Being totally satisfied with the design of the tablet, the family now set out to find the perfect photo to represent T’s vivacious personality and character. Some of the pictures were taken to a photo lab to be enhanced. Many pictures were considered by the family and oval mock-up drawings were created with the photos (4D, 4E). The family finally settled on the picture that most captured the spirit of this lovely woman (4F).
(Design drawings and photo selection of phases 4A, 4B, 4C, 4D, 4E and 4F of the design process)
Because of the unique nature of Therese’s memorial, and all the elements her mother had incorporated into the design, ACSENT wanted to demonstrate the steps in the engraving process for custom memorial designs.
The granite tablet and base are cut, shaped, and finished at one of the manufacturers that ACSENT regularly purchases granite from. These factories are typically located near the mountains where the stone is quarried. In this case, TT’s single tablet and base are made of Barre Grey Granite and purchased from Adams Granite in Barre, Vermont. The finished work was shipped to Cincinnati by flatbed and set up for engraving (01).
After the memorial design is approved, ACSENT’s production department plots the design on a rubber sheet material using a computer-aided plotter (02). The rubber material is aligned to the monument according to the CAD drawings provided and glued to the granite (03, 04, 05, 07).
Because Kathie requested that the Roses be carved in relief, the rubber stencil is cut to prepare for the engraving of the roses (14,16). Processing a memorial with relief carvings is a multi-step technique with the relief carving being done before the final sandblasting of all the other design elements.
The monument is then placed in the shape-carving booth to begin the carving process of the rose buds (17). ACSENT’s carving artist works from various images of carved roses and slowly brings the rose bud shapes to life based on years of carving experience (19). The various stages of the relief carving process are shown in photos provided (20, 23, 26, 27, 28, 29, 30, 32, 33).
After the relief carving is completed, the rubber stencil pieces are glued back on to the monument to prepare for the final deep engraving of the outlines, text, and other design elements (34, 36, 37). The rest of the design is prepared for the final sandblasting process and a paper rubbing is made of the whole surface to make sure all the elements of the design are correct (38, 39).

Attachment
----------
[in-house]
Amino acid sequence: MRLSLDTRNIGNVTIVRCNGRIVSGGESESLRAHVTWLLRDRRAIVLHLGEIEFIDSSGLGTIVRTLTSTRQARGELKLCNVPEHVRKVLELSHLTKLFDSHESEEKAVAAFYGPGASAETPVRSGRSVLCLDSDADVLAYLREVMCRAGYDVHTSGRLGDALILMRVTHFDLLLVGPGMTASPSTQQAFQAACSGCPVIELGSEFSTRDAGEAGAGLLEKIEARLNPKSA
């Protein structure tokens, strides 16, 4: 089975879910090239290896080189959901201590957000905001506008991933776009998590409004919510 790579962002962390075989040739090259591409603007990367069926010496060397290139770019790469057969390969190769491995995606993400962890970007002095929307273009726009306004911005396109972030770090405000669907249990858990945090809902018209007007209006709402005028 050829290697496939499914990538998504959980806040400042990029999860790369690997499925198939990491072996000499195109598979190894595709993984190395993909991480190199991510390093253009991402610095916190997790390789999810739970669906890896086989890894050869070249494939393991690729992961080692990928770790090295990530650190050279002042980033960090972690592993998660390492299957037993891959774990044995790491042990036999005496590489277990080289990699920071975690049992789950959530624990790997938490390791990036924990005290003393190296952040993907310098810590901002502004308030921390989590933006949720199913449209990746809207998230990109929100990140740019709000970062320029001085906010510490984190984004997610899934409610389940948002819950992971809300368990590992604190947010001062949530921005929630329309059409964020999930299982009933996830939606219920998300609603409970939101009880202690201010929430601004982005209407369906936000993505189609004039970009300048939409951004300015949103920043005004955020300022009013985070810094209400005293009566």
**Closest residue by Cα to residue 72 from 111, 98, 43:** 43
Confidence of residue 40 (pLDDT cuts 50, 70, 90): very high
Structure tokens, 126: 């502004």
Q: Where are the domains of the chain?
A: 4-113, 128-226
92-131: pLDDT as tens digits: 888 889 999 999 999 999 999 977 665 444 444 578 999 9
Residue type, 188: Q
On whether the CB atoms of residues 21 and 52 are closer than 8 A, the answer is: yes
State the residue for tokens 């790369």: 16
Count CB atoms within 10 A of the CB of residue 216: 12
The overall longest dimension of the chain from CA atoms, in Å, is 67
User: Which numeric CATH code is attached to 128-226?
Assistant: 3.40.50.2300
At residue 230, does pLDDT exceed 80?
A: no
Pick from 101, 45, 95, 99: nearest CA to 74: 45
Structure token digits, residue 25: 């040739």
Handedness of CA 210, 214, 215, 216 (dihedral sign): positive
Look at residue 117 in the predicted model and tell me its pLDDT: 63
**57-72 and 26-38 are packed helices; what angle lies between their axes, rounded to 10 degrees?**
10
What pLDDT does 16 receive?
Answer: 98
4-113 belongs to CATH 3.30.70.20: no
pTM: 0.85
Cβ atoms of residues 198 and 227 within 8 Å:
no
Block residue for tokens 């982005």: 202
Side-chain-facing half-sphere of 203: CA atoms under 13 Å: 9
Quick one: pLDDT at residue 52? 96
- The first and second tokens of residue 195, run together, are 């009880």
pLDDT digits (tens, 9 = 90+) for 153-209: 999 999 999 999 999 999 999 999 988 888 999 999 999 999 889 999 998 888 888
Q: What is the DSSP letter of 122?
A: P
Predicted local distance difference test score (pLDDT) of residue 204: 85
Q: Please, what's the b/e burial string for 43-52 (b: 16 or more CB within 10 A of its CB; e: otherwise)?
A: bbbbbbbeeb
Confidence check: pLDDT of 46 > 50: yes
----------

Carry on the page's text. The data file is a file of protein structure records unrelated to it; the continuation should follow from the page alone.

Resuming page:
The next step is to place the granite tablet and base into the automatic blast rooms for final engraving (41,42,43,44). The final engraving is performed by an automated sandblasting machine that blasts the surface of the rubber, cutting the exposed portions of the stone to a uniform depth as determined by our technician, PJ (46). An epoxy sealer is then applied to all the engraved areas for protection and visual appeal (47, 48). The engraved monument is shown in ACSENT’s shop with the embedded black granite plaque ready for etching (49).
ACSENT’s etching artist, Jan Salzman, gets to work engraving her scenic sketch onto the black granite plaque (52). Working from the approved drawing she created for Therese’s mother, Kathie, Jan uses source art to help create the final image (54, 55, 56, 57). The artist works freehand, slowly scratching the polished surface of the granite with a diamond-tipped, Dremel-type tool (60, 63, 66). Jan has been etching monuments for many years and her magnificent artwork can be seen all over the tri-state region.
The final monument, shown assembled in ACSENT’s shop, awaiting the go-ahead from the cemetery for setting (67). The beautiful memorial to Therese Condit as seen in its final setting place where she lies (68). Kathie and the whole family were very pleased with the excellent workmanship of TT’s memorial as they unveiled the monument on the one-year anniversary of her death. A lasting and fitting tribute to their beloved and her life well-lived.